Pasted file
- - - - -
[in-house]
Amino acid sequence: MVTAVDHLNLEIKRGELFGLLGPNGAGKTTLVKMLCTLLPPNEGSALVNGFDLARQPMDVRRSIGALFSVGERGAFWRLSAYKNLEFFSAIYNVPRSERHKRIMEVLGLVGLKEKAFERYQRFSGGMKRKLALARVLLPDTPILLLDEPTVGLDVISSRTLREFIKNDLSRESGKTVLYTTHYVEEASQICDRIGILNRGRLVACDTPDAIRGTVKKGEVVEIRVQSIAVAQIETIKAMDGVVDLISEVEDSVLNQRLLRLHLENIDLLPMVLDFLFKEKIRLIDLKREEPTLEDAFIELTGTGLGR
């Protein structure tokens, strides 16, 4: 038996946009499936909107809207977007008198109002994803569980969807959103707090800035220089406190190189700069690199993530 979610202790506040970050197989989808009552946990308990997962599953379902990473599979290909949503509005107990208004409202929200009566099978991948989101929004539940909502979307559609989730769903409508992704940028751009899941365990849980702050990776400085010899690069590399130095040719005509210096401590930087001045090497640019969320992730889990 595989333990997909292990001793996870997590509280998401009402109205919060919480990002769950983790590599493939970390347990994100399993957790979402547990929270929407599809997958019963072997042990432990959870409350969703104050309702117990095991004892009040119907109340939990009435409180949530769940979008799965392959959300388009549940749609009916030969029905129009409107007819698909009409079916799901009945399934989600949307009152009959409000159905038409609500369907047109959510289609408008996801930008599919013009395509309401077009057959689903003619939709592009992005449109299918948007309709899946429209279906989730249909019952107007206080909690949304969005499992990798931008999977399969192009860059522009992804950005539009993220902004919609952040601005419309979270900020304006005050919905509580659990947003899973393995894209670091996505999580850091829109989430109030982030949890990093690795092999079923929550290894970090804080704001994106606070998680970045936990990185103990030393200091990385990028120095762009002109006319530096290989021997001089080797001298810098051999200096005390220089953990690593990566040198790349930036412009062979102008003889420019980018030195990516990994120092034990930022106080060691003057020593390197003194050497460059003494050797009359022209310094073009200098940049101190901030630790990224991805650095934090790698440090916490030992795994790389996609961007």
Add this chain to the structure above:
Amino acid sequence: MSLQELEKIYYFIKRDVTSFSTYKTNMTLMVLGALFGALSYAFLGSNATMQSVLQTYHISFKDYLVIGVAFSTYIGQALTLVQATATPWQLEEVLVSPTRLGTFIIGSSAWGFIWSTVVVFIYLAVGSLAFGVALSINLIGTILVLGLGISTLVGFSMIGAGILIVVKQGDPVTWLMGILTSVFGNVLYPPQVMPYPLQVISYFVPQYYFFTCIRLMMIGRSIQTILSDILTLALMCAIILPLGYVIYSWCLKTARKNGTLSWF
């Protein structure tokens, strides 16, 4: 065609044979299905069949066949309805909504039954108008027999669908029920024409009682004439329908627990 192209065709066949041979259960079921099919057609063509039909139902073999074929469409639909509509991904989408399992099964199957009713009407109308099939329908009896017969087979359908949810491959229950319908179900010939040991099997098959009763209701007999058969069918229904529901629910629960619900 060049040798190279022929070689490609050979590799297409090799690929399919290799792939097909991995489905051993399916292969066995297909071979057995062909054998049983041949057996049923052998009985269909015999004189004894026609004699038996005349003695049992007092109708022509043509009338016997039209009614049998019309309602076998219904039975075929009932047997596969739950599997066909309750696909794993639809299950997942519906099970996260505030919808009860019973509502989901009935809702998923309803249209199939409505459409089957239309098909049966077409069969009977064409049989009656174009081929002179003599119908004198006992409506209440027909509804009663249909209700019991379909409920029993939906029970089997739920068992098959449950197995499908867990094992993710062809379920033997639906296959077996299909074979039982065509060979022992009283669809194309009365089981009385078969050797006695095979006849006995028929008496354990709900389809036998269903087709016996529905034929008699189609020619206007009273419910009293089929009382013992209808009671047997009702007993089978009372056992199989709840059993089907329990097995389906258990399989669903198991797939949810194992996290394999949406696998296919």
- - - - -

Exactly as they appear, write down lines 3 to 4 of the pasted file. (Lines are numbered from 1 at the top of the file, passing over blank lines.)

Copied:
């Protein structure tokens, strides 16, 4: 038996946009499936909107809207977007008198109002994803569980969807959103707090800035220089406190190189700069690199993530 979610202790506040970050197989989808009552946990308990997962599953379902990473599979290909949503509005107990208004409202929200009566099978991948989101929004539940909502979307559609989730769903409508992704940028751009899941365990849980702050990776400085010899690069590399130095040719005509210096401590930087001045090497640019969320992730889990 595989333990997909292990001793996870997590509280998401009402109205919060919480990002769950983790590599493939970390347990994100399993957790979402547990929270929407599809997958019963072997042990432990959870409350969703104050309702117990095991004892009040119907109340939990009435409180949530769940979008799965392959959300388009549940749609009916030969029905129009409107007819698909009409079916799901009945399934989600949307009152009959409000159905038409609500369907047109959510289609408008996801930008599919013009395509309401077009057959689903003619939709592009992005449109299918948007309709899946429209279906989730249909019952107007206080909690949304969005499992990798931008999977399969192009860059522009992804950005539009993220902004919609952040601005419309979270900020304006005050919905509580659990947003899973393995894209670091996505999580850091829109989430109030982030949890990093690795092999079923929550290894970090804080704001994106606070998680970045936990990185103990030393200091990385990028120095762009002109006319530096290989021997001089080797001298810098051999200096005390220089953990690593990566040198790349930036412009062979102008003889420019980018030195990516990994120092034990930022106080060691003057020593390197003194050497460059003494050797009359022209310094073009200098940049101190901030630790990224991805650095934090790698440090916490030992795994790389996609961007």
Add this chain to the structure above: